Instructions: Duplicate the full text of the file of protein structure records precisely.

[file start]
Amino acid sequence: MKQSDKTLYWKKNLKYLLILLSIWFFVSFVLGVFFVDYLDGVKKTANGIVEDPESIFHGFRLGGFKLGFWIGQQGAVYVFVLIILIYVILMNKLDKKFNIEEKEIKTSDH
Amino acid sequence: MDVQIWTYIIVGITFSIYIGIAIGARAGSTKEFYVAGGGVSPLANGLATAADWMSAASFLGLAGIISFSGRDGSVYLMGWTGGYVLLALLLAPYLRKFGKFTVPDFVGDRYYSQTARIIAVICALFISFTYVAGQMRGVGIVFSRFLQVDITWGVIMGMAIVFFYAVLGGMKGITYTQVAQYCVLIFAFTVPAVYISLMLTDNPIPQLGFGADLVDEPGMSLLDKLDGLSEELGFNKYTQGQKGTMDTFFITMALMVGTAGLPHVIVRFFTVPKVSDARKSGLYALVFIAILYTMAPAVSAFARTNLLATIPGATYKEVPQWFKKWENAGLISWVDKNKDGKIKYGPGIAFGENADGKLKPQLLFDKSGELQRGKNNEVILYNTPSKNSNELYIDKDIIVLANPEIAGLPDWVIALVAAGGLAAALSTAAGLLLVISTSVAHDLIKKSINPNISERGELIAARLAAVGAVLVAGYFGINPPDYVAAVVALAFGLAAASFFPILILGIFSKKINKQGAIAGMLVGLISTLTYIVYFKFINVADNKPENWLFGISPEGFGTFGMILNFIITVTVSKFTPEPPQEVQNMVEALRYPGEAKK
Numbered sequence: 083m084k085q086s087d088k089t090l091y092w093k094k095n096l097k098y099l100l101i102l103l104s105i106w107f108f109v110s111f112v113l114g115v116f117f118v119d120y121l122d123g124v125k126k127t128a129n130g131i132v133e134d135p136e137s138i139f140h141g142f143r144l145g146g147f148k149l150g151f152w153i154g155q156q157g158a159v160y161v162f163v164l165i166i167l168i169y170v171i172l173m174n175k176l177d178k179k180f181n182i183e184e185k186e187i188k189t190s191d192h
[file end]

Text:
Amino acid sequence: MKQSDKTLYWKKNLKYLLILLSIWFFVSFVLGVFFVDYLDGVKKTANGIVEDPESIFHGFRLGGFKLGFWIGQQGAVYVFVLIILIYVILMNKLDKKFNIEEKEIKTSDH
Amino acid sequence: MDVQIWTYIIVGITFSIYIGIAIGARAGSTKEFYVAGGGVSPLANGLATAADWMSAASFLGLAGIISFSGRDGSVYLMGWTGGYVLLALLLAPYLRKFGKFTVPDFVGDRYYSQTARIIAVICALFISFTYVAGQMRGVGIVFSRFLQVDITWGVIMGMAIVFFYAVLGGMKGITYTQVAQYCVLIFAFTVPAVYISLMLTDNPIPQLGFGADLVDEPGMSLLDKLDGLSEELGFNKYTQGQKGTMDTFFITMALMVGTAGLPHVIVRFFTVPKVSDARKSGLYALVFIAILYTMAPAVSAFARTNLLATIPGATYKEVPQWFKKWENAGLISWVDKNKDGKIKYGPGIAFGENADGKLKPQLLFDKSGELQRGKNNEVILYNTPSKNSNELYIDKDIIVLANPEIAGLPDWVIALVAAGGLAAALSTAAGLLLVISTSVAHDLIKKSINPNISERGELIAARLAAVGAVLVAGYFGINPPDYVAAVVALAFGLAAASFFPILILGIFSKKINKQGAIAGMLVGLISTLTYIVYFKFINVADNKPENWLFGISPEGFGTFGMILNFIITVTVSKFTPEPPQEVQNMVEALRYPGEAKK
Numbered sequence: 083m084k085q086s087d088k089t090l091y092w093k094k095n096l097k098y099l100l101i102l103l104s105i106w107f108f109v110s111f112v113l114g115v116f117f118v119d120y121l122d123g124v125k126k127t128a129n130g131i132v133e134d135p136e137s138i139f140h141g142f143r144l145g146g147f148k149l150g151f152w153i154g155q156q157g158a159v160y161v162f163v164l165i166i167l168i169y170v171i172l173m174n175k176l177d178k179k180f181n182i183e184e185k186e187i188k189t190s191d192h